Master chef Vikas Khanna, whose 11th book is out on the stands, talks about his relationships with Mumbai, and cooking for Barack Obama.
A chef being voted People’s Sexiest Man Alive and GQ India Man of the year 2012? How likely is that? But Vikas Khanna doesn’t let his good looks overshadow his culinary expertise, even if he has been voted New York’s Hottest Chef by the New York Eater blog. After all, it wasn’t his sex appeal that earned his New York-based restaurant, Junoon, its Michelin star.
Host of MasterChef India, food writer, filmmaker, author and philanthropist, Vikas shuttles between New York, Mumbai and the rest of India, travelling, researching, writing, shooting and cooking. In 2001, he founded Sakiv, an organisation that “hosts gastronomic events around the world in support of different relief efforts and awareness issues.”
He hit the headlines when he cooked for a fundraiser attended by U.S. President Barack Obama last year and said it was ‘not the greatest honour’ in his life! “The greatest honour is cooking for one’s mother, not the President. I explained that the President would change every four to eight years, but one has only one mother,” says Vikas.
In Mumbai recently for the launch of his 11th book, Savour Mumbai: A Culinary Journey Through India’s Melting Pot, published by Westland, Vikas juggled interviews and fans, and especially hyper-excited girls, with photographs and casual chatter. Excerpts:
Why is local food always under-valued?
That’s only till you travel abroad. It’s like mother’s food; you have no respect. You complain, “Every day you make this” but when you go abroad, it becomes “Mamma! Woh paranthey kahaan?!” (Where are those paranthas?) Local food is under-valued because it is always available.
What about Mumbai inspires you?
My relationship with Mumbai went through three phases. The first was in 1989 when my brother was working with Larsen & Toubro. He’d get Rs. 1000 per month. Because I had nothing to do, every evening I’d pick him up from Powai and, on our way home, we’d go out to eat. The second was in 1994 after my graduation. I was working for the Leela Group and had no money, but we ate out like nobody’s business.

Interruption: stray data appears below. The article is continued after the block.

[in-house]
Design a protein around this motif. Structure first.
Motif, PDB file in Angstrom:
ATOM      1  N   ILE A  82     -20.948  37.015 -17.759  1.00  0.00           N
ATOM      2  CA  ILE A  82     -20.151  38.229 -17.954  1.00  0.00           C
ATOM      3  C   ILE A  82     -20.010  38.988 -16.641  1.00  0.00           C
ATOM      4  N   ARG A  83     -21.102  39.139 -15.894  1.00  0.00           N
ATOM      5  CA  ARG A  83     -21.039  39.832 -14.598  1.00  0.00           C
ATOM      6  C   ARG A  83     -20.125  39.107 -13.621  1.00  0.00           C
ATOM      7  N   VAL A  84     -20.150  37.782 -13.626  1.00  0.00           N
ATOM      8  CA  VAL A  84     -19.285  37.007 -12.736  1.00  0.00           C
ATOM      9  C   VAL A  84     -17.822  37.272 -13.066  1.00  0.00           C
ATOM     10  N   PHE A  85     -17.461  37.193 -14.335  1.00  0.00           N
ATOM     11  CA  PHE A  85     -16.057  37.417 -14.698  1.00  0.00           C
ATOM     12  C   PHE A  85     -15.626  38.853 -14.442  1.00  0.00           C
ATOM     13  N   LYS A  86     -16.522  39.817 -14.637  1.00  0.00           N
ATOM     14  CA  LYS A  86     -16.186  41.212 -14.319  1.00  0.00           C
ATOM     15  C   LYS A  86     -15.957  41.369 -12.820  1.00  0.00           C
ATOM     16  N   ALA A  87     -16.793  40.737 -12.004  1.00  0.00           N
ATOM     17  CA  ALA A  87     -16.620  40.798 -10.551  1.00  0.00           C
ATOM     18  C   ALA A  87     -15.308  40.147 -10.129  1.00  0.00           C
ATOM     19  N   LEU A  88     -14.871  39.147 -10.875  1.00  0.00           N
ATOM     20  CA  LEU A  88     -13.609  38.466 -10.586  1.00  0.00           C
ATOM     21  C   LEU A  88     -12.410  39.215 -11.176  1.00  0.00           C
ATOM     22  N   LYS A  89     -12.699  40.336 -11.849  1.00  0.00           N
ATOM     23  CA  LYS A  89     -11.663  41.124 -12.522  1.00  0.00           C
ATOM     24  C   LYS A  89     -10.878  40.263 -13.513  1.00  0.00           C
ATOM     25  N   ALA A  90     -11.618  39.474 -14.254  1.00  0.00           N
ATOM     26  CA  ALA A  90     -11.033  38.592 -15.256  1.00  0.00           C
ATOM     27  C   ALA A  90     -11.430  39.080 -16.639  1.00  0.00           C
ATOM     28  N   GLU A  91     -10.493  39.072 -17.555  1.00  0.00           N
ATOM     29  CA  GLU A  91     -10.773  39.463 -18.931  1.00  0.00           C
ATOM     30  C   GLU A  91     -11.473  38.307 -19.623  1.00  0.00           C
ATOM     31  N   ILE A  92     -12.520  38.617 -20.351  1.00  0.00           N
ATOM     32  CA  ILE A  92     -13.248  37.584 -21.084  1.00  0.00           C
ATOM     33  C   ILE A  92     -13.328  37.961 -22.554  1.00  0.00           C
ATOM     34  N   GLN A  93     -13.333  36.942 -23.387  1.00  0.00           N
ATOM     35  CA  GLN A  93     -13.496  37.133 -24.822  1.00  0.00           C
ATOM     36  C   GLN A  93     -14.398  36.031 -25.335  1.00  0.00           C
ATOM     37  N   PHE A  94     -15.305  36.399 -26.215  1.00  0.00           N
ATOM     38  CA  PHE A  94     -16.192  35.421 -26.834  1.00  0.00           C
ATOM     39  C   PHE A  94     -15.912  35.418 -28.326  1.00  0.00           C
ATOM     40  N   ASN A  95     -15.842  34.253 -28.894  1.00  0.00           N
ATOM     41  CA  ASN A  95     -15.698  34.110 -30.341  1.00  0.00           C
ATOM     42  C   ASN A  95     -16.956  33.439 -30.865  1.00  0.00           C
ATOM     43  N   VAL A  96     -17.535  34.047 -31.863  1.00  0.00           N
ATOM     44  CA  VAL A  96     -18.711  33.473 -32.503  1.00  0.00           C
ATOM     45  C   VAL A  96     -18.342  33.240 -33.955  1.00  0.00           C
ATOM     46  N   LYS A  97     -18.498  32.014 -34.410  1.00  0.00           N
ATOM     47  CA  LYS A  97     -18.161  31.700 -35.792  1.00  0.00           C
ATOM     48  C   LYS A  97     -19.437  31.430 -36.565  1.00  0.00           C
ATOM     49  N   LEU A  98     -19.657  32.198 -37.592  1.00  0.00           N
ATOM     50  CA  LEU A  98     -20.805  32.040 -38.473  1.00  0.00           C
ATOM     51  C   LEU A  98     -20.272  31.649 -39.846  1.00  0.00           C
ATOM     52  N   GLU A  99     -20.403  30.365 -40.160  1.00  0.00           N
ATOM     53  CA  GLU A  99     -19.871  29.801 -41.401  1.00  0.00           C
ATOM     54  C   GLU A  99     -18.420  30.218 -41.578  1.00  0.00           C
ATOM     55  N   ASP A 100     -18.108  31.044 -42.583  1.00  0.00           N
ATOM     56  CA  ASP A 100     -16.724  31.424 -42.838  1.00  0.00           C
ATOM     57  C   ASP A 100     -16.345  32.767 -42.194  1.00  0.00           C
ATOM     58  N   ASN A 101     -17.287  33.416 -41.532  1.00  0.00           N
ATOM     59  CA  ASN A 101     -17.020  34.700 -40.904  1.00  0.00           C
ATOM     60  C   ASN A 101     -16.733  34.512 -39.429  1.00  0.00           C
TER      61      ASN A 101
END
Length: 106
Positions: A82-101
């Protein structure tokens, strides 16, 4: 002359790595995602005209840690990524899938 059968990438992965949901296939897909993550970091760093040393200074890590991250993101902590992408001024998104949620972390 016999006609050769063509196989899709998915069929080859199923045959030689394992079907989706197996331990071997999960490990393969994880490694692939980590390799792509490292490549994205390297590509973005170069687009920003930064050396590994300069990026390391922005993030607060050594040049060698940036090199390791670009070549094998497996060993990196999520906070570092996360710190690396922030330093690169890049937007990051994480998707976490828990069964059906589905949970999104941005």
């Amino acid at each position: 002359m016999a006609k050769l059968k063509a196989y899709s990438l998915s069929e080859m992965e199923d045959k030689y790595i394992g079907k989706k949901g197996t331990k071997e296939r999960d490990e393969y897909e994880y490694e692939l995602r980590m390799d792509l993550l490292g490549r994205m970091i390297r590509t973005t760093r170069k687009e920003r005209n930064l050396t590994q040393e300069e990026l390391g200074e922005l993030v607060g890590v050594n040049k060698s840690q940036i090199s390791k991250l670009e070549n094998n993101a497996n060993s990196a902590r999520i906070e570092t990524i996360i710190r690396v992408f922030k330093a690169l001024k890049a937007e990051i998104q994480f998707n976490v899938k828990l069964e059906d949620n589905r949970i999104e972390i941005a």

The third was after I’d opened Junoon in New York and I thought, ‘Now, Mumbai is going to be great for me because I have a credit card!’ But I realised it wasn’t the money; it was that moment in my life that I’d enjoyed. It was the scarcity — ‘Don’t eat that! It costs Rs. 10!’ — that we’d celebrated. This book is actually based on my memory of Mumbai during the first two trips.
Travel seems to be essential for someone in the food business. How is it for you?
If I can say this with humility — though it won’t sound like it — I am actually one of the most well-travelled persons you’ll meet in India. At New York, there’s so much work pressure that some days you stop believing in yourself. So instead of getting depressed and going to a psychiatrist, I take a flight and go to the most unique locations in India. I’ll backpack in Sikkim or Andaman and Nicobar, go on pilgrimages without my mobile…At these places, I photograph and try new food. Travelling gives me freedom, not just to experience but to think.
What is the biggest misconception about Indian food overseas?
I can’t speak for the rest of the U.S., since NY City is different from the rest of the country. But I feel Indian cuisine is stereotyped as unhealthy, absolutely over-buttery, over-greasy, over-spicy and over-‘sadeed’ — we put saris in every interior.
Going by the number of food shows on television, they are hugely successful. Why?
American philosopher Michael Pollan says something interesting in Cooked: A Natural History of Transformation. That the reason for more cooking shows is because people are cooking less. This is something I hate and love. It’s a phenomenon of evolution and it’s also human nature. When we see a woman or man cooking in the kitchen, we feel safe. It is ingrained in our psychology. Even though we’ve become nuclear now, we still can’t let it go. We respond in a similar way when we see someone cooking on television.
How nerve-wracking was it to cook for President Obama?
President Obama was a historical point for Indian food. Last year, when we did the fundraiser, the meal’s value was $40,000 USD a person. That was nerve-wracking because the whole of U.S. was looking at me and asking: Why an Indian guy? How did an Indian guy make the President come to New York? It was a press circus in the restaurant.
What is the toughest part of writing a cookbook?
It’s like giving birth to a child. It doesn’t stop with the recipes; its story extends, maybe inspiring this child here (pointing to a child present at the launch) to become a three-Michelin Star chef. You put your recipes and your life together; I am not ashamed to talk about myself in the book. The difficult part of writing a cookbook is making sure it has truth and making people feel for that one moment in their life.